Not in the clamor of the crowded street, not in the shouts and plaudits of the throng, but in ourselves, are triumph and defeat.--Henry Wadsworth Longfellow

REDIRECT ALERT! (Scroll down past this mess if you're trying to read an archived post. Thanks. No, really, thanks.)

Due to my inability to control my temper and complacently accept continued silliness with not-quite-as-reliable-as-it-ought-to-be Blogger/Blogspot, your beloved Possumblog will now waddle across the Information Dirt Road and park its prehensile tail at http://possumblog.mu.nu.

This site will remain in place as a backup in case Munuvia gets hit by a bus or something, but I don't think they have as much trouble with this as some places do. ::cough::blogspot::cough:: So click here and adjust your links. I apologize for the inconvenience, but it's one of those things.

Tuesday, January 04, 2005


Well, it's in the history books now--Auburn's first 13-0 season in 108 years. Congratulation to the young men and everyone associated with the program on a terrific achievement.

I managed to tear myself away from Antiques Roadshow to watch the game, and I had a stunning realization about the second quarter or so that I had been much too hard on the CBS broadcast team over the past year for being so patently, obviously, passionately anti-Auburn. ABC was much, MUCH worse. The disappointment with the outcome was blatantly open.


I will say that Bobby Bowden's son Lil' Motormouth (himself the coach one of the few other undefeated teams in school history) was very gracious about his former place of employment--he was done in by some chicanery himself as Tuberville was almost done last year, and he would have every right to sound petty and bitter, but he was very complimentary and balanced in his commentary on both Auburn and Va Tech's skills and gameplay. The rest of the crew was a joke, however.

The game itself wasn't pretty. Auburn played well enough to beat the 9th rank team in the country and no better. The Hokies were clearly outgunned, even if they did manage to get themselves some points on the board. Worse, though, they tried to make up for their lack of oomph with what looked to be an awful lot of futile trash talk, pushing and shoving after the ball was down. You can always tell when a team is frustrated with their ability by how much of that crap they engage in--it's one thing to be happy and excited with a good play, or with beating the tar out of the other team with good solid hits--but it's bad form to attempt to make up for your lack of skill by playing dirty. It makes you look like small-timers who don't belong.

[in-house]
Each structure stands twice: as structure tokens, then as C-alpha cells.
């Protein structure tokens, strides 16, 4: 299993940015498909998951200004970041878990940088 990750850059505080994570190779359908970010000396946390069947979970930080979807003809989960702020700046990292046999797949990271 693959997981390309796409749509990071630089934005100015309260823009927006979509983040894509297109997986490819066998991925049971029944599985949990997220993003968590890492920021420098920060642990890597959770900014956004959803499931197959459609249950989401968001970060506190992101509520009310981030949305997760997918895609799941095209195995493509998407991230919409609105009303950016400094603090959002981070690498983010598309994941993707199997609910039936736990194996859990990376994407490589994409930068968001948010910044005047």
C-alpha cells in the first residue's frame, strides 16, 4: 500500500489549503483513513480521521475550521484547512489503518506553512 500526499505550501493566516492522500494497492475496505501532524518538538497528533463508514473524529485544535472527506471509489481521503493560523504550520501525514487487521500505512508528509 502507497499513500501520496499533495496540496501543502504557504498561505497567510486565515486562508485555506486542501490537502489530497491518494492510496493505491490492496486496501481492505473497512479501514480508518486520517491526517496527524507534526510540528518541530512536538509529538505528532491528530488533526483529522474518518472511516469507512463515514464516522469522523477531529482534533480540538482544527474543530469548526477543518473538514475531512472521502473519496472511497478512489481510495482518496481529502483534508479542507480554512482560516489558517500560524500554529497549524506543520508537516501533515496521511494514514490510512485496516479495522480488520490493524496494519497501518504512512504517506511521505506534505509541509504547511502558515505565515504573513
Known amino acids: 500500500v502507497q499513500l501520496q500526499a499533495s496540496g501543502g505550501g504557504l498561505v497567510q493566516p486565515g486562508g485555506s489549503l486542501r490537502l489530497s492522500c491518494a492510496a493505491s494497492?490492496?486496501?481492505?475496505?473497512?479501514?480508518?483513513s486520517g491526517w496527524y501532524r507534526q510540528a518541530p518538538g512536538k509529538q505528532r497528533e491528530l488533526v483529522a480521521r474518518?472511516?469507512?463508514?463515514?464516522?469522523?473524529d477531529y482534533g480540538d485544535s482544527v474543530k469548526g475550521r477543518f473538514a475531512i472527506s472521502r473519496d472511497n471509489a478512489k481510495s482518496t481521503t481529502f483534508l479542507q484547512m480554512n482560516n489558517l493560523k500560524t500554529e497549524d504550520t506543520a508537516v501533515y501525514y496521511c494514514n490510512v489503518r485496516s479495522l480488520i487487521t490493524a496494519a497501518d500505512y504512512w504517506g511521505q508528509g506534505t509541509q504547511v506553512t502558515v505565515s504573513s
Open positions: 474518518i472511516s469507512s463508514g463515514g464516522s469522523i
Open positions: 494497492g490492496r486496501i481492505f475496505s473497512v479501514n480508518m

Kenny Smith has written passed along a a nice piece written by Susan Smith of AU's sports information director's office about the win and the season:

AUBURN, AL (Jan. 3, 2005) - Before the 2004 Auburn Tigers football season began, Carnell Williams spoke about his true reason for playing another year with the Tigers instead of heading for the NFL: "I didn't come back to win a Heisman. I came back to win a championship."

And so the Tigers did. They won the Southeastern Conference Championship, went on to win a BCS Bowl to go 13 and 0 for the first time ever and, as far as the Auburn faithful are concerned, are the unofficial national champions, too.

In celebration of that spirit, and the winningest season in AU history, an AU "Championship Season" logo is now available on select merchandise. A portion of the proceeds from the sale of the championship merchandise will support AU student scholarships.

The logo depicts a stirring, familiar sight to AU fans all over the globe: a football player waving a giant AU flag after winning a game.

"This perfect season mean so much more than 13-and-0," said AU head coach Tommy Tuberville. "It has shown the meaning of a perfect team, working for a common goal, not for the individual success of a few. While the results were perfect, the heart behind those results is what makes the entire season special."

Indeed so, although this is one fan who has resigned himself to Auburn not being the national champions, unofficial or otherwise. It's either Oklahoma or USC (I know a certain reader is pulling for OK, although I have an oft-linked affinity for the Trojan's Song Leaders) but I will be awfully angry if Auburn isn't number 2. (Given the perversity of the way things have gone, I would not be surprised to wake up tomorrow and see that Auburn has been demoted in favor of Utah. Or Texas or Cal, for that matter.)

But, no matter, it has been a good year, and a nice way to get beyond the distemper of last year.

Correction to story attribution posted at 2:20 p.m.

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